The challenge for supermarkets today is that they require substantial positive cash flow to invest in services shoppers now demand, e.g. click and collect and home delivery, to maintain sales and share. To deliver these services requires major investments in infrastructure including automated warehouses, updated stores and digital to name a few. This is a reason why I suggest measures, such as $ margin, will become more important in the future.  

Industry structure – brands

“The last thing we want to do is increase the price of goods to consumers, but part of our products, especially the tin can with iron ore prices up and freight costs, it goes to the position that we need to move prices.”

Robert Giles, CEO SPC

Source: news

Due to a number of factors manufacturers are working on reduced margins due to increasing COGS. Many external costs, such as raw materials and freight, plus internal costs, such as labour and electricity, have increased significantly in the last few years. This has led to a situation where numerous manufacturers are now requesting price increases to cover increases in CODB (cost of doing business).

Much has already been written about the increasing sales of P/L (private label) globally. IRI estimates that P/L (private label) accounts for 16.5% of global FMCG sales value. The long-term increasing sales of P/L (private label) has led to downward pressure on manufacturer sell prices for many years.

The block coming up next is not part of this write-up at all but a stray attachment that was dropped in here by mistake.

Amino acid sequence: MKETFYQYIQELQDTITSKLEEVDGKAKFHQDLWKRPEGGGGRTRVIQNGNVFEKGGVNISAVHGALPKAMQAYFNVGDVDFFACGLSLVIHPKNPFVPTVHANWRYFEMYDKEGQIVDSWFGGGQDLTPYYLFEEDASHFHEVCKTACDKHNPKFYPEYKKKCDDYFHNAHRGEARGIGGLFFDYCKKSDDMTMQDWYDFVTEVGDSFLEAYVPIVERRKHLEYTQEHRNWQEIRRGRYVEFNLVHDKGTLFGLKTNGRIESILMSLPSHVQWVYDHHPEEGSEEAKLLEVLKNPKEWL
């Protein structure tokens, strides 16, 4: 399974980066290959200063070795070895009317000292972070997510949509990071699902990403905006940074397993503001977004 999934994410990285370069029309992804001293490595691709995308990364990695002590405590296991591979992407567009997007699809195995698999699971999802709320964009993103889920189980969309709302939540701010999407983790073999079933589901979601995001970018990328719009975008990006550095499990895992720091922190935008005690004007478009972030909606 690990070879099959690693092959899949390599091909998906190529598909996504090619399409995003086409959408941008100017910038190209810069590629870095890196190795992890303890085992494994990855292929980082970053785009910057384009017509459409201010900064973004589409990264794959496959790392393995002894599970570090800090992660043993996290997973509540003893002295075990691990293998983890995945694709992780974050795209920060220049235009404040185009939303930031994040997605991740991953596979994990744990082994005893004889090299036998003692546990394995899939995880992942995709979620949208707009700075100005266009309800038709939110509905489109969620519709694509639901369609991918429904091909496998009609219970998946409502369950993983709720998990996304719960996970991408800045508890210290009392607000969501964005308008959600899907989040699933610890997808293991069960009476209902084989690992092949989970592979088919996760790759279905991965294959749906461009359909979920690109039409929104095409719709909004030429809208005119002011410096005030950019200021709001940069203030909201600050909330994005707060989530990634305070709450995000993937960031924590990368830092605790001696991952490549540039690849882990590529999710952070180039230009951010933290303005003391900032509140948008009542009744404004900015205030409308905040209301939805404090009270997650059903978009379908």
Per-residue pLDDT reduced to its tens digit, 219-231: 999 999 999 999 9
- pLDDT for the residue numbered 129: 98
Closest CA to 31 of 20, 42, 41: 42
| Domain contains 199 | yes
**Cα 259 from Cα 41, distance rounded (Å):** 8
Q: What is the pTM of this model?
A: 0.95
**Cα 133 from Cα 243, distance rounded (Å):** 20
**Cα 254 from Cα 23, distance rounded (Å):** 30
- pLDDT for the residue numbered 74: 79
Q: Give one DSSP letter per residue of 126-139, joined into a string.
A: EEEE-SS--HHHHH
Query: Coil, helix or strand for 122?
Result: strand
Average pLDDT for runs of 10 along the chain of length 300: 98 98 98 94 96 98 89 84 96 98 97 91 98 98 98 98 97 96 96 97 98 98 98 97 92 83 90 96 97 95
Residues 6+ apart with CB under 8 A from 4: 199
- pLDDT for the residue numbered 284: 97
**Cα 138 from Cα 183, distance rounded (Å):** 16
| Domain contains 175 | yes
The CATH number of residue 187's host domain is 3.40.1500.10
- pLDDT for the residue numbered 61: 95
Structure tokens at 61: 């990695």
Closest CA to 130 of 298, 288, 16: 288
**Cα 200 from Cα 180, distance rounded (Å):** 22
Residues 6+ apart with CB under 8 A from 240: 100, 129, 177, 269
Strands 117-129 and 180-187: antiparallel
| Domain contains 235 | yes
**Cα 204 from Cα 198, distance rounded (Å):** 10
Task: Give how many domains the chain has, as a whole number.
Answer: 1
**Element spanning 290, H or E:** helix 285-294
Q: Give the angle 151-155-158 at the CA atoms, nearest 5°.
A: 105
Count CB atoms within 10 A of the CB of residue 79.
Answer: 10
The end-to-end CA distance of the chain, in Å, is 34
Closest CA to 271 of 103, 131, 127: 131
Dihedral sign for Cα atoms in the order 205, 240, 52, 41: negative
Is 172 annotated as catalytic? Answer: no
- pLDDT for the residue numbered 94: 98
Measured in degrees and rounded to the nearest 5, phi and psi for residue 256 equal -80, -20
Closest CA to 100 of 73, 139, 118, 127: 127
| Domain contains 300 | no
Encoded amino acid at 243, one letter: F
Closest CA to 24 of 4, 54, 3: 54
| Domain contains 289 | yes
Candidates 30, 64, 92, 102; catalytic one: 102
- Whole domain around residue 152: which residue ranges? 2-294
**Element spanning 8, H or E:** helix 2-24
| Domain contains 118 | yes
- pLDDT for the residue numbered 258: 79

Analysis by Morgan Stanley highlighted that there was a profit transfer from Australian grocery suppliers to major supermarkets in the 7 years to 2014 (foodanddrink). This profit transfer also led to downward pressure on manufacturer sell prices.

So, like major supermarkets many manufacturers, particularly of branded ranges, have been operating on lower % margins. As an example, Nestle global trading operating profit has decreased from 15.2% in 2012 to 14.0% in 2021 (Annual Report 2012 p3, Annual Report 2021 p49).  

The challenge for manufacturers today is that they require substantial positive cash flow to invest in their brands. In addition to above the line marketing campaigns this investment includes innovation / NPD to differentiate their offer vs P/L (private label) plus developing new channels to better serve shoppers such as D2C (direct to consumer). This is a reason why I suggest measures, such as $ margin, will become more important in the future.  

Future shopper demands